14. The judgment extracted above should be same in the context of the facts of the case that have been dealt with in extensor by the Division Bench of the Supreme Court in Lovely Exports (P) Ltd. (supra). The distinguishing features that would set apart that case from the present one are detailed below:-
(i) Payments made through banking channels, whereas in the present case , payments are in cash and no receipts or any proof thereof has been produced.
(ii) Several of the contributors were assessed to tax and details of the assessments furnished. In the present case, none of the contributors were assessed to tax, barring one, in whose case also no particulars were furnished in this regard.
(iii) The finding of the authorities is to the effect that the assessing officer had neither controverted, nor disapproved the material filed by the assessee whereas in this case, no material whatsoever was produced to establish proof of payment by the contributors, their credit worthiness or genuineness of the transaction.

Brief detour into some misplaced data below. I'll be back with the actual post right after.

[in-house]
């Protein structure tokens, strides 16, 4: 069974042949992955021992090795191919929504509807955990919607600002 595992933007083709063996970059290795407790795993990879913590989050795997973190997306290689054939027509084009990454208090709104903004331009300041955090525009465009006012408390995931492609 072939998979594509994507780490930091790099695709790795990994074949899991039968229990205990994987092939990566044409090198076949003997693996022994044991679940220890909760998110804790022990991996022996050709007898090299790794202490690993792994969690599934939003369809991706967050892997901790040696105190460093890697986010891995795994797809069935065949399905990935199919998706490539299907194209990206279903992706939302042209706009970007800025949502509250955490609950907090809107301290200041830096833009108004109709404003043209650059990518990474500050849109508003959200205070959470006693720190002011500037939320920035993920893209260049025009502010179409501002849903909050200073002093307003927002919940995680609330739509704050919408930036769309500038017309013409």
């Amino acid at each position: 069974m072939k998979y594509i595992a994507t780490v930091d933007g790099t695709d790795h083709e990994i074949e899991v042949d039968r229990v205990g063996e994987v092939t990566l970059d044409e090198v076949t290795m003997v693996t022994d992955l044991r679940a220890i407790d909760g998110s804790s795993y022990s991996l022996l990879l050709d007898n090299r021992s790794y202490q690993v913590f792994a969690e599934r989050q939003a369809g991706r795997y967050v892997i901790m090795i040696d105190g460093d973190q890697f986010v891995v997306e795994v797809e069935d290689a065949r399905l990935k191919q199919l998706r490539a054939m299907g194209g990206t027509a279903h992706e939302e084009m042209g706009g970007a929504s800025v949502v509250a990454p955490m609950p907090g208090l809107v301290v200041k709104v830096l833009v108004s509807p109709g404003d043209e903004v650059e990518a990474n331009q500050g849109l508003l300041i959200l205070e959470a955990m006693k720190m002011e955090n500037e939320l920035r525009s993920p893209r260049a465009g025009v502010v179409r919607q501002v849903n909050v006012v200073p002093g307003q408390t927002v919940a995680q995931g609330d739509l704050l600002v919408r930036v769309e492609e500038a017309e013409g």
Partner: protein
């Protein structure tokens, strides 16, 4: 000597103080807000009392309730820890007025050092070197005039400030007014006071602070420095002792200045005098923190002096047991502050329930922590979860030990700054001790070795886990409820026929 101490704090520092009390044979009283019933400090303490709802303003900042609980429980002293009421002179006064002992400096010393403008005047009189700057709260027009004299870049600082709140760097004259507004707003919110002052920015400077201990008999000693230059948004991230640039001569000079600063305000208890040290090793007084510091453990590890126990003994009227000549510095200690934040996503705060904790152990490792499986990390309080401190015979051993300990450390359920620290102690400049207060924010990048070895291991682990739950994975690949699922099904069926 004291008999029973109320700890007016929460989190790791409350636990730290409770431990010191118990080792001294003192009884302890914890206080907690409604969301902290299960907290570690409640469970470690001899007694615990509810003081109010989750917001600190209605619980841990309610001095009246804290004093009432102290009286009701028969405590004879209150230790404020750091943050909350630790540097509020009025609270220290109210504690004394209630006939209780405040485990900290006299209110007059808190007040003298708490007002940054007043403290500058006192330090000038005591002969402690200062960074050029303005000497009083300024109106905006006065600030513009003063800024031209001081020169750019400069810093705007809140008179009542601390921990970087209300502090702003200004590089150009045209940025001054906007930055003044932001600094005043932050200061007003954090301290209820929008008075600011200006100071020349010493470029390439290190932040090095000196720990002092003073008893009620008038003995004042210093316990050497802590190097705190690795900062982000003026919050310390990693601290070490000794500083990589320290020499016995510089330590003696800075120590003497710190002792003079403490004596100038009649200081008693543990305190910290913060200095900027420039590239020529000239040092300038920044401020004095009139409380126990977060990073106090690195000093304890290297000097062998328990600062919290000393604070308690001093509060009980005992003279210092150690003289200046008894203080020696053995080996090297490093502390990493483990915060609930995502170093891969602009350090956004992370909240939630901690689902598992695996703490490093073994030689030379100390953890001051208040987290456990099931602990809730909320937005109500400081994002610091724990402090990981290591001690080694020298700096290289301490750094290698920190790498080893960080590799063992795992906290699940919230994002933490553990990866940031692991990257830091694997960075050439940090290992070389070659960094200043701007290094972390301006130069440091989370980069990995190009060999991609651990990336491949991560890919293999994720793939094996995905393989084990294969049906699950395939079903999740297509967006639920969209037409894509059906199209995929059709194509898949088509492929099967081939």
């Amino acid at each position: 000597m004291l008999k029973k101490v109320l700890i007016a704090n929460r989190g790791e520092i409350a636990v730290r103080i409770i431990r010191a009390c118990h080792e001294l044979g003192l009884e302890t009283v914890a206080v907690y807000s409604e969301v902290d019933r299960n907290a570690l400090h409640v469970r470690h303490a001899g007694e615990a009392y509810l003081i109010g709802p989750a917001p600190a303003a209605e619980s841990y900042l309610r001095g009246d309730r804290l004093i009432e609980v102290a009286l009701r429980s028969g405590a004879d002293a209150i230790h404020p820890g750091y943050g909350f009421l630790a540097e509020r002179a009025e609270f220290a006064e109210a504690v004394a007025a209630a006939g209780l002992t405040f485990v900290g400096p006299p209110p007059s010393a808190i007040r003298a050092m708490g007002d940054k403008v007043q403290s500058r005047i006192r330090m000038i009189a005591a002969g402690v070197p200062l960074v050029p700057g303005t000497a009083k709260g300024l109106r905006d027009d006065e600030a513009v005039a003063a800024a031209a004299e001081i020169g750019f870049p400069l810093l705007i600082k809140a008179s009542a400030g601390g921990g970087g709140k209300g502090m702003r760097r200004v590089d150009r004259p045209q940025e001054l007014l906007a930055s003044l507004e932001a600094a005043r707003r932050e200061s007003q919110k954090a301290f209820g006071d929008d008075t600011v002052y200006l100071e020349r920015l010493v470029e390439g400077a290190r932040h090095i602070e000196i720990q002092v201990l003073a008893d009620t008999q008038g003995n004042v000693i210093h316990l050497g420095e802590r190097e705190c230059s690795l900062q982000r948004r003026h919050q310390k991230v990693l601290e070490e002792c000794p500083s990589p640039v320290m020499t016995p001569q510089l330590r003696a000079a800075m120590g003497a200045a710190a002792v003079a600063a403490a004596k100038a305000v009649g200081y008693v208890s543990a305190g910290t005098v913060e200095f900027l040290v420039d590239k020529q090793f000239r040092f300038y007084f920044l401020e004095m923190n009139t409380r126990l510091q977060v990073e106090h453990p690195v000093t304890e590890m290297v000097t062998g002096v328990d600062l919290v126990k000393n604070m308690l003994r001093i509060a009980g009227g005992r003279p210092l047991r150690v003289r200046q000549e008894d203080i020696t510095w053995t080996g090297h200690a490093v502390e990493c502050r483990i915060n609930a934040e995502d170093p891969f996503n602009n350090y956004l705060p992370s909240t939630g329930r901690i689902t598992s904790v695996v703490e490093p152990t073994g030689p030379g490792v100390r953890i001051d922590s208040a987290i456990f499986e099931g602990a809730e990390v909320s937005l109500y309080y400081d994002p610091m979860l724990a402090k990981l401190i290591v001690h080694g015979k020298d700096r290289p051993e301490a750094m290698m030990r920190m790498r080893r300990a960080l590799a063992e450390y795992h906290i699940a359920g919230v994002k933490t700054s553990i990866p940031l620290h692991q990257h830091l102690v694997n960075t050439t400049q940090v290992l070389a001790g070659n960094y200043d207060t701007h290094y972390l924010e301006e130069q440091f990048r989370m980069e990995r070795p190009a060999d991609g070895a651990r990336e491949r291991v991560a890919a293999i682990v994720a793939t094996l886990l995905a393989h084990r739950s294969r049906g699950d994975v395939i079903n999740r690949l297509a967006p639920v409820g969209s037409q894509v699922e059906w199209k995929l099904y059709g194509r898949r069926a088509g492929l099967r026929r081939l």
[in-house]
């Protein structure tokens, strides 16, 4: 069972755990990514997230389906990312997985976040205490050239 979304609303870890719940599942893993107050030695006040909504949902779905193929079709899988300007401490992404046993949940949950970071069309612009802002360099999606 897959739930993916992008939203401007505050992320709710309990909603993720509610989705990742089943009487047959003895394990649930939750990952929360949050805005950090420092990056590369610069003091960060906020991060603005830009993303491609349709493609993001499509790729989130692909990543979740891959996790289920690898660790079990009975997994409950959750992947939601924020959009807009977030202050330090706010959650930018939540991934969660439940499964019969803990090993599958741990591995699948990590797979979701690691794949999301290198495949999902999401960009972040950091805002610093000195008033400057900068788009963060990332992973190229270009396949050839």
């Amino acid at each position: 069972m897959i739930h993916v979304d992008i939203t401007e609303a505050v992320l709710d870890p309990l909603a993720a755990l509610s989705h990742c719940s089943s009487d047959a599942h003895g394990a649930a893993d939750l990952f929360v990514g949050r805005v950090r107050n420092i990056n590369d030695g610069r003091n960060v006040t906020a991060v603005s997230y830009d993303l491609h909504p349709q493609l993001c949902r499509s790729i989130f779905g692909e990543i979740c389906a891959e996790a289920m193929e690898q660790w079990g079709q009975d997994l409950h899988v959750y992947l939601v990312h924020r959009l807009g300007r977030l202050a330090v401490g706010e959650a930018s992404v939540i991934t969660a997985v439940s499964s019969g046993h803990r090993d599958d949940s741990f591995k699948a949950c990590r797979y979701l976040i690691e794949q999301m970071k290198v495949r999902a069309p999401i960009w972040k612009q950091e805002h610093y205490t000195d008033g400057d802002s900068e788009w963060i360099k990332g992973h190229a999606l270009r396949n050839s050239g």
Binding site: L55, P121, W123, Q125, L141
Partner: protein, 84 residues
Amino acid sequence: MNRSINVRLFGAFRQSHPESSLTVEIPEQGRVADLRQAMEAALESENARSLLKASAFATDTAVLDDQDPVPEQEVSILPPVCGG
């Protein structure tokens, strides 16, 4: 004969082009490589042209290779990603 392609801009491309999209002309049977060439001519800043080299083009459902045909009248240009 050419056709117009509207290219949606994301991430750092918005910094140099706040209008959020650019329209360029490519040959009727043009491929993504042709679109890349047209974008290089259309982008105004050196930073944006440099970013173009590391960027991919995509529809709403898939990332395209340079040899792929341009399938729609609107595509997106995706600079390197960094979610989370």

15. The clear and distinguishing distinction of fact is that the assessing officer, in that case, had not met or controverted the details furnished by the assessee. It was in the above circumstances, and on account of such failure that the tribunal, the highest fact finding body and High Court in confirmation thereof, came to the view that no addition could be made when primary details had been furnished to the assessing officer who had not carried out the required investigation with due diligence. The burden placed on the assessee in terms of section 68 was thus discharged by the assessee in the case of Lovely Exports (P) Ltd. (supra). This has not been done in the present case. Apart from establishing the identity of the creditor, the assessee was unable to dislodge the findings of the assessing officer to the effect that the alleged contributors were not credit worthy, or that the transaction was bonafide. The decision of the Delhi High Court in CIT v. Divine Leasing & Finance Ltd. (2007) 158 Taxman 440, General Exports and Credits Ltd., (sic), Lovely Exports (P) Ltd. (supra) provides some pointers that would essentially have to be satisfied by the assessee in order to carry a transaction of share contribution outside the ambit of section 68.